Tuesday, April 06, 2010

Net Neutrality is Dead?

The news is out after an appeals court ruling in favor of Comast: Net Neutrality is dead. Specifics of the ruling indicate that a broad policy written by Congress is not enabling legislation. Seems reasonable to me, but I think the pundits are over-dramatizing things to say the least.

The reality of no net neutrality goes far beyond the pale. When ISPs declare themselves to be the gatekeepers of the Internet, they are treading on thin ice. I'm sure a few of them will come out and say, "Hey, look, let's be reasonable. We're all people here and we don't want to hurt nobody." But behind the scenes they say that they own a private network and they insist on the right to determine how traffic flows across their private network.

Really? Private network you say? Perhaps they haven't read a really old case, Munn v. Illinois that speaks rather precisely to the heart of the matter. The gist? Owners of grain elevators positioned between the lake and the railroad were operating grain elevators without a license. The ruling? If you put your private property for hire to the public, be they grain elevators or Internet access network, you're subject to the police power. That makes you a common carrier.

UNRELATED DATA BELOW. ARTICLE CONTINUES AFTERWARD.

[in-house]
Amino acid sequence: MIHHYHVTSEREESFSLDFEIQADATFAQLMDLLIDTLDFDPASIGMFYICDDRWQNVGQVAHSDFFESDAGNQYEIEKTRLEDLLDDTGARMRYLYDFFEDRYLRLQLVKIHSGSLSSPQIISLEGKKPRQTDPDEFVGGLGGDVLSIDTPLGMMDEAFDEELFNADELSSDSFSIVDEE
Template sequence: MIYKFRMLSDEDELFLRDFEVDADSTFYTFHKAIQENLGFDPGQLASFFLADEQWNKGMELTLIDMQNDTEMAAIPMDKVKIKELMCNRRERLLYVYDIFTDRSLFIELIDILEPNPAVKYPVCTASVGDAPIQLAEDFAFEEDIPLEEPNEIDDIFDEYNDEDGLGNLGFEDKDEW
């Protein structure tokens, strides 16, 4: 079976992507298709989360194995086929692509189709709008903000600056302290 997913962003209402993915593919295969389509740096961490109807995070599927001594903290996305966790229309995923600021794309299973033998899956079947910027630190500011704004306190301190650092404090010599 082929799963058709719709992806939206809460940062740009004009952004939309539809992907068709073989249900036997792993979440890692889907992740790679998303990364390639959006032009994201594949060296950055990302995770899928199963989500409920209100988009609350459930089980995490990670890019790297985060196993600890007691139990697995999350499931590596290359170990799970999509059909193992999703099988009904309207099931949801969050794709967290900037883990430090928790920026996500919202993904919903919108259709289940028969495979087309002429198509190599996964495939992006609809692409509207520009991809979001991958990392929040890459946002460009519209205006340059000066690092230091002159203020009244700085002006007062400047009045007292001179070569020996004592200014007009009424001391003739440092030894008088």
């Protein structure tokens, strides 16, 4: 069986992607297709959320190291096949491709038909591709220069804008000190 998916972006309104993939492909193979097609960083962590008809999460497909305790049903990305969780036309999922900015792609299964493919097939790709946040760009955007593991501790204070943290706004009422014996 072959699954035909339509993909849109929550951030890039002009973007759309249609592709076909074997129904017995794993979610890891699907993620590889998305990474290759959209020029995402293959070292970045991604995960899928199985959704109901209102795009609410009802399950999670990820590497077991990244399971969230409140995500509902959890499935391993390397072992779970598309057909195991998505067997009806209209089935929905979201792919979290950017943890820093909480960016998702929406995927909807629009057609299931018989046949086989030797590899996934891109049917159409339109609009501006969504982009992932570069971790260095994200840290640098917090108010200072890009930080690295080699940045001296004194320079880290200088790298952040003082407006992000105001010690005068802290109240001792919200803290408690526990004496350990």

There's something very special about the status of common carrier. You can't discriminate against any traffic and you must allow all the traffic through. For an example, think of a taxi. The taxi driver can't discriminate from black or white without running afoul of the laws. Same thing is true for a private network for public hire. A privately owned network connected to the Internet is acting as a common carrier and cannot favor BitTorrent over their own special video service.

The point can be made finer with the distinction of interconnection status. If you have a private network and you're not interconnecting with any other network, then yes, you can determined the priority of packets on your network. But if you interconnect with the rest of the world, you're a public network and you are prohibited from shaping traffic as a common carrier.

There is a simple solution to this: reclassify every single ISP as a communications network, like the phone companies. You will have instantly turned every ISP into an open access common carrier, but probably not without a fight.

Cable Network operators would have a choice. They could close up all their connections like goosebumps in a cold, wet breeze - or they could accept their new status as common carriers and play nice with the rest of the world.

Without that interconnection between networks, there would be no Internet. The giant ISPs want it both ways. They want to be the taxi cab and discriminate against certain traffic.

My hope is that governments worldwide will see the solution as a fair one to preserve and open and free Internet for all.
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